Jianming Xie received his B.S. degree in Chemistry from Fudan University, Shanghai, China, in 1997, and M.S. degree in Organic Chemistry from Shanghai Institute of Organic Chemistry (SIOC), China, in 2000. In his M.S. research in the laboratory of Prof. Yongzheng Hui and Prof. Biao Yu, he completed the synthesis of a complex natural glycoside using a one-pot four-glycosylation method. He later switched his interest to Chemical Biology, and moved to the United States in 2001 to pursue a Ph.D. degree under the guidance of Prof. Peter Schultz at the Scripps Research Institute, La Jolla, California. There, he helped pioneer a novel biosynthetic method to site-specifically incorporate unnatural amino acids into recombinant proteins in E. coli. His work has enabled the design and synthesis of novel protein structures and functions that do not exist in nature. After receiving his Ph.D. degree in 2006, he became interested in Immunology and joined the laboratory of Prof. Mark Davis as a Cancer Research Institute (CRI) Irvington postdoctoral fellow at Stanford University, Stanford, California. His postdoctoral research integrated the method of site-specific protein modification with fluorescence microscopy and flow cytometry for the study of antigen recognition by T cells. This work revealed ligand-dependent transport of T cell receptors to the immunological synapse, and also led to the development of a protein photochemistry approach to isolate rare, antigen-specific T cells from patient blood samples. In December 2014, he started his lab in the Department of Pharmacology and Pharmaceutical Sciences at the University of Southern California (USC) School of Pharmacy. His lab combines synthetic peptide chemistry, protein design, cellular engineering, and fluorescence microscopy in order to interrogate, engineer, and enhance the specificity and efficiency of T cell antigen recognition. The long-term goal is to use the obtained knowledge to guide the design of enhanced immunotherapy and vaccines against cancer, infection, and autoimmune diseases.
Areas of Expertise (8)
Natural Killer Cells
Chimeric Antigen Receptors
The Scripps Research Institute: Ph.D., Chemical Biology 2006
Shanghai Institute of Organic Chemistry: M.S., Organic Chemistry 2000
Fudan University: B.S. 1997
Orthogonal translation components for the in vivo incorporation of unnatural amino acids
Inventor: Lital Alfonta, Peter Schultz, Huaqiang Zeng, Jianming Xie, Ning Wu, Jiangyun Wang, Meng-Lin Tsao, Daniel Summerer, Dan Groff, Alexander Deiters, Jonathan R. Chittuluru, Mohammad R. Seyedsayamdost, James Turner
Adding photoregulated amino acids to the genetic code
Inventor: Alexander Deiters, Ning Wu, Peter G. Schultz, David King, T. Ashton Cropp, Mohua Bose, Dan Groff, Jianming Xie, Eric Brustad
Site specific incorporation of heavy atom-containing unnatural amino acids into proteins for structure determination
Inventor: Jianming Xie, Lei Wang, Ning Wu, Peter G. Schultz
Translation systems and other compositions including orthogonal aminoacyl tRNA-synthetases that preferentially charge an orthogonal tRNA with an iodinated or brominated amino acid are provided. Nucleic acids encoding such synthetases are also described, as are methods and kits for producing proteins including heavy atom-containing amino acids, e.g., brominated or iodinated amino acids. Methods of determining the structure of a protein, e.g., a protein into which a heavy atom has been site-specifically incorporated through use of an orthogonal tRNA/aminoacyl tRNA-synthetase pair, are also described.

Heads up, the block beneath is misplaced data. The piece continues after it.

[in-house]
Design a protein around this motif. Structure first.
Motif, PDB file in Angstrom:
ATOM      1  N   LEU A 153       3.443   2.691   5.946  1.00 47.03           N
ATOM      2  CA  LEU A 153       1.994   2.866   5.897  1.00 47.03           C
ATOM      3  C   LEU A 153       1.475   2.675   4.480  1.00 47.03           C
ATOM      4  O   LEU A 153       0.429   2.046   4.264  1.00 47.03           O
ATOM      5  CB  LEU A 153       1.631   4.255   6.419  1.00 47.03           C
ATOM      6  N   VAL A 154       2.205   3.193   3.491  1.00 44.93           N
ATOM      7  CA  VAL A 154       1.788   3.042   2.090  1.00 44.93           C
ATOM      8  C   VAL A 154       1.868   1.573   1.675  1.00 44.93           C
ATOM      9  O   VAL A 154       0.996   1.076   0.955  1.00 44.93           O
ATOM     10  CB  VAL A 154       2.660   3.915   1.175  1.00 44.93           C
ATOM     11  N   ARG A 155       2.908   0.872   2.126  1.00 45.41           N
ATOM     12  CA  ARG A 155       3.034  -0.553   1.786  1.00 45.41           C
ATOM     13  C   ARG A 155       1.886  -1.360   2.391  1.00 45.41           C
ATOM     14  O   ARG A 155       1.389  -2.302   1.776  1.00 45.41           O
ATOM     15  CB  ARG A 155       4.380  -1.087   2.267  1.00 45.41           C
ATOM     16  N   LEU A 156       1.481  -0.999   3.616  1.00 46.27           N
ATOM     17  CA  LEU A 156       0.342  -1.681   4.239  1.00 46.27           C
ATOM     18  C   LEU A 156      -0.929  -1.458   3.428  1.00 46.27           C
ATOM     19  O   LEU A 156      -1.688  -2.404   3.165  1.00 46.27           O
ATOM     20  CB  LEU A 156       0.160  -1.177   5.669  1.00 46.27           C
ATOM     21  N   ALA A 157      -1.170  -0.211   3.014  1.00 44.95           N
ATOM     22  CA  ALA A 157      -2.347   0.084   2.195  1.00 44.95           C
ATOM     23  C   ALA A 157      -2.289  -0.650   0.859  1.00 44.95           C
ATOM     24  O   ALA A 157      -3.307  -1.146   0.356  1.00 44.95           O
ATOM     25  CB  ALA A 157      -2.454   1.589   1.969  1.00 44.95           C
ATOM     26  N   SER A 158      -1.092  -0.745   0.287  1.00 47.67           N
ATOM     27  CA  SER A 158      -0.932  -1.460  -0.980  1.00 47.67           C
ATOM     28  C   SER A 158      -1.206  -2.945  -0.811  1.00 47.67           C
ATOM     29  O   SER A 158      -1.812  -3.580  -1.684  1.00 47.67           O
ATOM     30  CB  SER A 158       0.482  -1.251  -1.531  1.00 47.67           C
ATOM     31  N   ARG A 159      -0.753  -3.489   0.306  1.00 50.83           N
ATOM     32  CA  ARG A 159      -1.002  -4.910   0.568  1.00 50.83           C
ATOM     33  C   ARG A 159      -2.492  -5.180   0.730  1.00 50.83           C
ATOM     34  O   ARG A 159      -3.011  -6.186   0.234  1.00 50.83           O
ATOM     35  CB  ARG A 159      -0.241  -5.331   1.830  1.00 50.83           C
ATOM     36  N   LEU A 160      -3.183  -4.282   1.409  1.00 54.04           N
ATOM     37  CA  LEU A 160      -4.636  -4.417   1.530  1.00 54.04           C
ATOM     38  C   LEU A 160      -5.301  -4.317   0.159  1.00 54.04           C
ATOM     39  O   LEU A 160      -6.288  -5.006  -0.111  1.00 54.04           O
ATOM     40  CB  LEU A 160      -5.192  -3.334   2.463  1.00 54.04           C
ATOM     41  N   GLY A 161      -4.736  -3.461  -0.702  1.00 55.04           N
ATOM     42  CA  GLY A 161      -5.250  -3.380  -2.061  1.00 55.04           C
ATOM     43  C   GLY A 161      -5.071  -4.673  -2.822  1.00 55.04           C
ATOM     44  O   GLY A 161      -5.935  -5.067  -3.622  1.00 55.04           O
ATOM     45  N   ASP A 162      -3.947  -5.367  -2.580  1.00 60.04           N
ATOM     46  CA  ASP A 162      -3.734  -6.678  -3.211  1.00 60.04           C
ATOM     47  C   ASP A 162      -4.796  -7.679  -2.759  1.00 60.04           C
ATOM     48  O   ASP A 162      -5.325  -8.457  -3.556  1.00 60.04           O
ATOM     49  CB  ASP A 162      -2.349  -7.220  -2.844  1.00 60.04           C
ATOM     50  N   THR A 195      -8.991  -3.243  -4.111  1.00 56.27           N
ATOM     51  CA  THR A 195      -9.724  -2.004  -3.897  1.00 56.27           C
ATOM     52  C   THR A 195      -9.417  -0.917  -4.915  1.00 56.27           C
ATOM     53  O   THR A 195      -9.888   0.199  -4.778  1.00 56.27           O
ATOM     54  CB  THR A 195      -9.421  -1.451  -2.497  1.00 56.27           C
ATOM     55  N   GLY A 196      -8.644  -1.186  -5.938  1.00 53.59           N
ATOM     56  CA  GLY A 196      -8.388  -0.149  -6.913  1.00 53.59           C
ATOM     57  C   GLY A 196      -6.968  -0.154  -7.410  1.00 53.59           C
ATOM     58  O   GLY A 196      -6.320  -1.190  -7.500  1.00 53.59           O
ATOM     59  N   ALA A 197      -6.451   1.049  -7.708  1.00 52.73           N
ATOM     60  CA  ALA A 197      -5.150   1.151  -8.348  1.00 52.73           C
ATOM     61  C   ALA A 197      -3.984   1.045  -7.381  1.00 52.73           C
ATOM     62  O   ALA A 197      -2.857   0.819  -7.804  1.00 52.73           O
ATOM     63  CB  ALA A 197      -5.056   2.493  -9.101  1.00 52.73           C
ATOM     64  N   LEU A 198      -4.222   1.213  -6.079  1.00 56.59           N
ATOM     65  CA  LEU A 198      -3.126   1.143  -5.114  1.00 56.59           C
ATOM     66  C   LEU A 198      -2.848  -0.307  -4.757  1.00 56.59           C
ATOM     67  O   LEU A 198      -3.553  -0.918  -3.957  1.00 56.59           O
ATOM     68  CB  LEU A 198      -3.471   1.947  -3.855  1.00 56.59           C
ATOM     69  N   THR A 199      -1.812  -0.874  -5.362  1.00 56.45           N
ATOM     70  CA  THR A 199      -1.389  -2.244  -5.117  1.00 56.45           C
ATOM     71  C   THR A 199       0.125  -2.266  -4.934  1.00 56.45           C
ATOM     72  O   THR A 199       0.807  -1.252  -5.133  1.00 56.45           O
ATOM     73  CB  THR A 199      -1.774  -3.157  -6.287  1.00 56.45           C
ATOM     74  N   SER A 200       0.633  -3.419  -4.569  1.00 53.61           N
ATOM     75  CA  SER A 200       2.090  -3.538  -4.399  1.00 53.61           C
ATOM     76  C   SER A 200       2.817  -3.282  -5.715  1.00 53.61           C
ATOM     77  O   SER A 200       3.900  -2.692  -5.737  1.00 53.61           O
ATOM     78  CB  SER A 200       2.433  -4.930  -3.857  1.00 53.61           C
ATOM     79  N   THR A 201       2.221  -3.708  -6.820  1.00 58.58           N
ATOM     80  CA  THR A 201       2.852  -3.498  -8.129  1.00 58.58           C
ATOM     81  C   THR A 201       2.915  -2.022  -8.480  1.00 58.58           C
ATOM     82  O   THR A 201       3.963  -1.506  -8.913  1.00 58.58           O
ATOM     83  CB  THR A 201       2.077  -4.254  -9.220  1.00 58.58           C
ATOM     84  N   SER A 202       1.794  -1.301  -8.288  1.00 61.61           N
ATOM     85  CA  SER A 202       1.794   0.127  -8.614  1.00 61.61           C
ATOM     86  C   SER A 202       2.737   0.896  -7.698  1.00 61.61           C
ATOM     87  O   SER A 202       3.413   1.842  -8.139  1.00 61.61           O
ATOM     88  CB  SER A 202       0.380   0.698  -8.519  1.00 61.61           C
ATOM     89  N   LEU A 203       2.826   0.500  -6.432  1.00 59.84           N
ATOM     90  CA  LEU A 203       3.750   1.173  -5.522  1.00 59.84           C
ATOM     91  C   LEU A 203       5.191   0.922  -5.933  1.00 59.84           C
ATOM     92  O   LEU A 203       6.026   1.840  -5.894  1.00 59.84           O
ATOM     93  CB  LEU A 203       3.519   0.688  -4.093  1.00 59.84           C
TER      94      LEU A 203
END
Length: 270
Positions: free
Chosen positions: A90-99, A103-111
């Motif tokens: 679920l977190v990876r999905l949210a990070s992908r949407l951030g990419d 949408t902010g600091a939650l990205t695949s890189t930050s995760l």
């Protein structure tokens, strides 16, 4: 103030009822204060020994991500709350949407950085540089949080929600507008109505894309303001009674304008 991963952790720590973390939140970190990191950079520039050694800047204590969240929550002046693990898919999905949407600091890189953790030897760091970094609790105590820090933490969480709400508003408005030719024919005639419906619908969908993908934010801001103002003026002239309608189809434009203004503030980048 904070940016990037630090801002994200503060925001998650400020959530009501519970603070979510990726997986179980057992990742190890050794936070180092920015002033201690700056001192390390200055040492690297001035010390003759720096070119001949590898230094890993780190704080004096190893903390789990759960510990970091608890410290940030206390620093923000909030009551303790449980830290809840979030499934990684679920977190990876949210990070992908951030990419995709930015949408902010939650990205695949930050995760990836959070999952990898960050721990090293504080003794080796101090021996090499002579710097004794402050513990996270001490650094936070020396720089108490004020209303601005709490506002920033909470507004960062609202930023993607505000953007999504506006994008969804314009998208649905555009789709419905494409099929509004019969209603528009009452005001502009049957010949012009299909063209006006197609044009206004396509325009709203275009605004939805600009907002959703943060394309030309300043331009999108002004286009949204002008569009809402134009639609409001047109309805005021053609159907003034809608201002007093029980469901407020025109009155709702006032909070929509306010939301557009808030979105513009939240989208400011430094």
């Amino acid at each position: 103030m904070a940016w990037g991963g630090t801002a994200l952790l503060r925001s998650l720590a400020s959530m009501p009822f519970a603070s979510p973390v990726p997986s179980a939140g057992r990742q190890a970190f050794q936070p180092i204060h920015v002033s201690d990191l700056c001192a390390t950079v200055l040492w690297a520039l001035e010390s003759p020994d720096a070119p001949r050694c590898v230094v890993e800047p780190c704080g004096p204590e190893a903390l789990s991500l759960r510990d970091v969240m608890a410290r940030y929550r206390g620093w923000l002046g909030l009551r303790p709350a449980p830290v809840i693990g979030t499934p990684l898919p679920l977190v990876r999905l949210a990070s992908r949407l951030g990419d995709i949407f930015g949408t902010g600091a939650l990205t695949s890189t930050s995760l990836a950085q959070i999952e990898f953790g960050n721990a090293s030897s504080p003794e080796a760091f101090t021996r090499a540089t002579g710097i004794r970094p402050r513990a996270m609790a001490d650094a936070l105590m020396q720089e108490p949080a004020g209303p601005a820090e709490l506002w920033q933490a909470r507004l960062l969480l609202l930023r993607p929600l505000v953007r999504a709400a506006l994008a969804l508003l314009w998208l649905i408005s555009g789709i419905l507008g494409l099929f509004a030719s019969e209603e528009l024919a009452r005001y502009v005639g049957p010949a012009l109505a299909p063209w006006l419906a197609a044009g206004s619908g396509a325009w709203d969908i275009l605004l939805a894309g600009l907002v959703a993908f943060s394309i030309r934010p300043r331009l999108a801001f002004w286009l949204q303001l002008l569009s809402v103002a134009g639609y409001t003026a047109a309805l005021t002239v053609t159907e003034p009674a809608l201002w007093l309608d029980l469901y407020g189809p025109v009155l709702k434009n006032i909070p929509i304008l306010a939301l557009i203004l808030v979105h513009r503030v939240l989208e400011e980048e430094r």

Selected Articles (6)
A hallmark of CD4(+) T cell activation and immunological synapse (IS) formation is the migration of the microtubule organization center and associated organelles toward the APCs. In this study, we found that when murine CD4(+) T cells were treated with a microtubule-destabilizing agent (vinblastine) after the formation of IS, the microtubule organization center dispersed and all of the major cellular organelles moved away from the IS.
Using an elaborately evolved language of cytokines and chemokines as well as cell-cell interactions, the different components of the immune system communicate with each other and orchestrate a response (or wind one down). Immunological synapses are a key feature of the system in the ways in which they can facilitate and direct these responses.
The binding of T cell antigen receptors (TCRs) to specific complexes of peptide and major histocompatibility complex (pMHC) is typically of very low affinity, which necessitates the use of multimeric pMHC complexes to label T lymphocytes stably. We report here the development of pMHC complexes able to be crosslinked by ultraviolet irradiation; even as monomers, these efficiently and specifically stained cognate T cells.
Thymic positive selection is based on the interactions of T cell antigen receptors (TCRs) with self peptide-major histocompatibility complex (MHC) ligands, but the identity of selecting peptides for MHC class II-restricted TCRs and the functional consequences of this peptide specificity are not clear.
Recently, a method to encode unnatural amino acids with diverse physicochemical and biological properties genetically in bacteria, yeast and mammalian cells was developed. Over 30 unnatural amino acids have been co-translationally incorporated into proteins with high fidelity and efficiency using a unique codon and corresponding transfer-RNA:aminoacyl-tRNA-synthetase pair.
A recently developed method makes it possible to genetically encode unnatural amino acids with diverse physical, chemical or biological properties in Escherichia coli and yeast. We now show that this technology can be used to efficiently and site-specifically incorporate p-iodo-L-phenylalanine (iodoPhe) into proteins in response to an amber TAG codon.